Wish they would have figured this out when Lie to me* was still on the air! That show went Twitter crazy with Tim Roth and the directors and producers tweeting. It was awesome to have that inside connection; made the show so much more significant when you were watching.

  • Sarah

    I wonder if the collaboration will help Bones next season. I hope it does.

  • AppleStinx

    I think we’ll see Twitter activity as a major component of the Renew/Cancel index before long.

  • _JC

    Maybe I’m not reading this properly, but is there more to this than just the painfully obvious “popular shows get tweeted about more”?

  • Observer

    I agree, correlation is not causation.

  • Conor

    So what I am taking from this is that Neilsen is saying see our models work. However in recent past there are always ones where this model doesn’t work as well… Chuck if my memory serves correctly was a highly tweeted about show, but the ratings didn’t sync. For me I wonder if Nielsen will move to incorporate that data into their model, and with this study could some networks account twitter hype into what shows are picked up.

  • Bill Gorman

    “For me I wonder if Nielsen will move to incorporate that data into their model,”

    Why would they? Nielsen ratings are meant to measure how many people watched the ads during a TV show, not the popularity of the show.

  • obisgirl

    the people at Nielsen are idiots. so sad that they had to make this study to tell us what we already knew.

  • PurpleDrazi

    “it was important for us to analyze multiple variables to truly understand Twitter’s impact on TV ratings,”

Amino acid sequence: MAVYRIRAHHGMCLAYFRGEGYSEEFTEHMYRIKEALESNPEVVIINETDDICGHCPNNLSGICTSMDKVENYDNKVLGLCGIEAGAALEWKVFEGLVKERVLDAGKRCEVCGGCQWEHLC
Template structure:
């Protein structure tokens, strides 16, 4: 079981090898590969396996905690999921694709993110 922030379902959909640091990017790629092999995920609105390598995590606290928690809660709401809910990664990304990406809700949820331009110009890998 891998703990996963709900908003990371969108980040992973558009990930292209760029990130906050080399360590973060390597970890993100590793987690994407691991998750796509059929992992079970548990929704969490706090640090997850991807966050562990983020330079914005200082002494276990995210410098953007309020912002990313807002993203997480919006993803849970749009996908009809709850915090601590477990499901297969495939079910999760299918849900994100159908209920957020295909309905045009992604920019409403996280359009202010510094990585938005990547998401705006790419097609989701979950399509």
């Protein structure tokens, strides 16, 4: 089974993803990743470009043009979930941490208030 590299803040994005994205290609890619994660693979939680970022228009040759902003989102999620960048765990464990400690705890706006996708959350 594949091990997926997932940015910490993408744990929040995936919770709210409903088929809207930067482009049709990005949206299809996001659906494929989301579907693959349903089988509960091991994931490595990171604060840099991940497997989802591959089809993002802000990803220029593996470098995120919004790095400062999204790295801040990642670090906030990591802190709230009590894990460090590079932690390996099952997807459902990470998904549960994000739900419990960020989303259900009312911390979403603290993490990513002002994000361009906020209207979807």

Yeah but does Twitter impact TV ratings or do higher viewer numbers impact Twitter? I suspect it’s the latter. It could be a useful tool to determine popularity of a show but let’s face it, a show being popular doesn’t necessarily mean it will get good ratings. If people aren’t watching it live, they don’t count.

  • PurpleDrazi

    I would also like to add…

    Oh crap! More ammo for the delusional fans who will completely misunderstand this.

  • DW

    the thing is , most people probably use twitter during those commercials and not paying attention to them. this seems rather pointless.

  • cadburyeasteregg

    I notice that the viewership on message boards and Twitter are about the same and oh boy is there a noticeable demographic. You know your show is in trouble when sites like ONTD, TWOP, Lipstick Alley and ATRL are the only people discussing it according to Google hits and maybe one small Tumblr blog. If the show doesn’t have at least half a dozen fan fiction and fan art LiveJournals or Tumblrs by the end of the season, your show is doomed.

  • Jackson

    I agree with JC… It sounds like as a show’s ratings increase so does the volume of tweets. Isn’t that just basic logic of more people watching so more people tweeting??

  • Bee

    lol if ratings or popularity were to be determined by twitter, scandal would be the most popular show on all of TV by a mile.

  • Michael

    In reality, most of the young demographic who are tech savvy probably aren’t even a part of the Nielsen Family.

  • jamandas

    I like to to tweet during some shows. TVD is a big one also when Fringe was on.

  • eridapo

    the key word is “engagement” which means that those that are twitting are paying attention to what is airing. It is no different than the Nielsen prompt that pops up to let the PPM know that someone is actually paying attention..